I’ve been keen on MySQL ever since I first started using it heavily more than a decade ago. In fact, I liked it well enough to include it as one of the four main database platforms, over and above the ANSI-ISO SQL standard, in my popular book SQL in a Nutshell. However, with the advent of NoSQL data platforms in the last few years, the waters have been muddied. It’s no longer a quick easy decision as to which database platform you should use, both because there are many new platforms to choose from and because the old, easy choices aren’t as cut and dried as they used to be. MySQL, for example, is now owned by Oracle which definitely complicates the decision, at least in terms of the mainstream commercial versions of that product, while the brain-trust that started MySQL has gone on to the alternative database platform called MariaDB.
Rather than dive straight into the alternative next-gen of MySQL, I decided to investigate more powerful alternatives that offer more of the benefits of NoSQL and cloud-centric databases. That’s when I landed on NuoDB. It’s has been generally available for a few months now as a straight database platform. It didn’t have any real Microsoft-oriented features until recently. Then last month the company announced a bunch of Microsoft enhancements, many which are great for developers, so I downloaded it. (You might have seen my tweets from that time when I first started to check it out).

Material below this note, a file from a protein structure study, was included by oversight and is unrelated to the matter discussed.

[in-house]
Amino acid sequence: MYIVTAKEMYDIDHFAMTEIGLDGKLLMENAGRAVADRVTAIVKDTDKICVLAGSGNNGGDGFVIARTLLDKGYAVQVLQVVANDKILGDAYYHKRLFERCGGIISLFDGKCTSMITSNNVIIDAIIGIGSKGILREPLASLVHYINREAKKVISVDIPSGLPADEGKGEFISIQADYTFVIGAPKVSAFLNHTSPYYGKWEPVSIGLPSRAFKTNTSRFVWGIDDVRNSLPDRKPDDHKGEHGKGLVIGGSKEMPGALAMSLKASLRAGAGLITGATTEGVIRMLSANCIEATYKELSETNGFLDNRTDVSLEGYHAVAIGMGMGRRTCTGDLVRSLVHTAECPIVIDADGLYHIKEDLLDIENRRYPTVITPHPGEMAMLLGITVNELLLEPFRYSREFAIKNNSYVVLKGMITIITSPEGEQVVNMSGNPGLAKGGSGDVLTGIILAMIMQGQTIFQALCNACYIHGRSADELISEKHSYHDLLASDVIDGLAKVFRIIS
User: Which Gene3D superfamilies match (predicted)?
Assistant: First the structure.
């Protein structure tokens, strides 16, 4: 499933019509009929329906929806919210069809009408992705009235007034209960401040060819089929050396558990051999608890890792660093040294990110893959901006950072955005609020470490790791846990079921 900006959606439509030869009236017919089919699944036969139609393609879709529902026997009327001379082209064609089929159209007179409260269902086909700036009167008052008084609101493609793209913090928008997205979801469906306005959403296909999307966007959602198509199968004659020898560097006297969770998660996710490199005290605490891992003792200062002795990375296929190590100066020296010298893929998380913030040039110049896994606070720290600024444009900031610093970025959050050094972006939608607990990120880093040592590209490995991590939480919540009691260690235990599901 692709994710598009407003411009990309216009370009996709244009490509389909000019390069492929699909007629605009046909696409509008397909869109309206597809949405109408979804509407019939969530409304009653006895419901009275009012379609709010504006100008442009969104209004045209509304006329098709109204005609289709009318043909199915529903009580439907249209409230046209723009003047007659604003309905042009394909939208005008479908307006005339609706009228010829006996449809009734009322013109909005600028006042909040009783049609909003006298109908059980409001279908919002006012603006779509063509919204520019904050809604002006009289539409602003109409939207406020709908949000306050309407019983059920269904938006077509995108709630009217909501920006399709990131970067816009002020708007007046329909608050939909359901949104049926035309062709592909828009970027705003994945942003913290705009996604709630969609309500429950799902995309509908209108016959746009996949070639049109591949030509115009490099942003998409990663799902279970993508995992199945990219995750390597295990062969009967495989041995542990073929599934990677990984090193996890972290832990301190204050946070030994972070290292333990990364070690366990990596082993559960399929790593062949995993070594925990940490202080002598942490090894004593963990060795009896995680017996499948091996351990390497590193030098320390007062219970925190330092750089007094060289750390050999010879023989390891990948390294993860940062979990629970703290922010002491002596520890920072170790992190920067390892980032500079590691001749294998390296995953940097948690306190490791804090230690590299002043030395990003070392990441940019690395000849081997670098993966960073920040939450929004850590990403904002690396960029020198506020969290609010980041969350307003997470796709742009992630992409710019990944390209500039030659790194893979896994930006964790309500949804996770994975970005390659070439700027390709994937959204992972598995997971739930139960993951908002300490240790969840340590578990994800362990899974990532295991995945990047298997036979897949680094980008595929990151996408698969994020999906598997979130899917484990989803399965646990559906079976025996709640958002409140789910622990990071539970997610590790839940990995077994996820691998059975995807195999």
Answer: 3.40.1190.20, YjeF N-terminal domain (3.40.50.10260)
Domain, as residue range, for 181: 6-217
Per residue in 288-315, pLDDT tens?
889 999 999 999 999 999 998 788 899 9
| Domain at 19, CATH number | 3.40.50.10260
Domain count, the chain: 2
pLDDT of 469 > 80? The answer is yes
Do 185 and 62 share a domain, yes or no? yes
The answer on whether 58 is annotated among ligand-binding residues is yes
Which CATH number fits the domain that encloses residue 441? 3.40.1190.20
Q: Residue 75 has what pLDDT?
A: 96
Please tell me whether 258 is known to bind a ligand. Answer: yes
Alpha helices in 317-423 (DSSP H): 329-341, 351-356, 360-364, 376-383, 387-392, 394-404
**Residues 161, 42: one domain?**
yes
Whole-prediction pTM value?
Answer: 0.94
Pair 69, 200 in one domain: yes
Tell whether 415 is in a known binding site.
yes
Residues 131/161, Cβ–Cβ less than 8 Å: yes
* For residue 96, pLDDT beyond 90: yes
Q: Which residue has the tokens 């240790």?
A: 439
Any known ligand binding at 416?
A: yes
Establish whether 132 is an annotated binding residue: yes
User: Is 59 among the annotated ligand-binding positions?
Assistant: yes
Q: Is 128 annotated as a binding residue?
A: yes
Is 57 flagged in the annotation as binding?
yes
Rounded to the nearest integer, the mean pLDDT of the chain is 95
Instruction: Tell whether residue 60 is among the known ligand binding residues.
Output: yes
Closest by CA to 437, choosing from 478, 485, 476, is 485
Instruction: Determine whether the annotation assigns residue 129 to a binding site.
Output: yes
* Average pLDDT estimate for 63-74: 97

From their website:
Now it’s possible to build and deploy .NET applications using standard Microsoft tools and frameworks against a back-end that has built-in scale up elasticity. In other words, it gives you some of the best features of some of the NoSQL platforms while also giving you some of the best features of Azure. If you are interested in trying it out, there are 2 free version available for download here. And definitely let me know what you think. As you probably know, I’m not a hard-code .NET developer. So I’m interested in hearing from professional developers about its capabilities.
I’ll write up some observations in future blogs.
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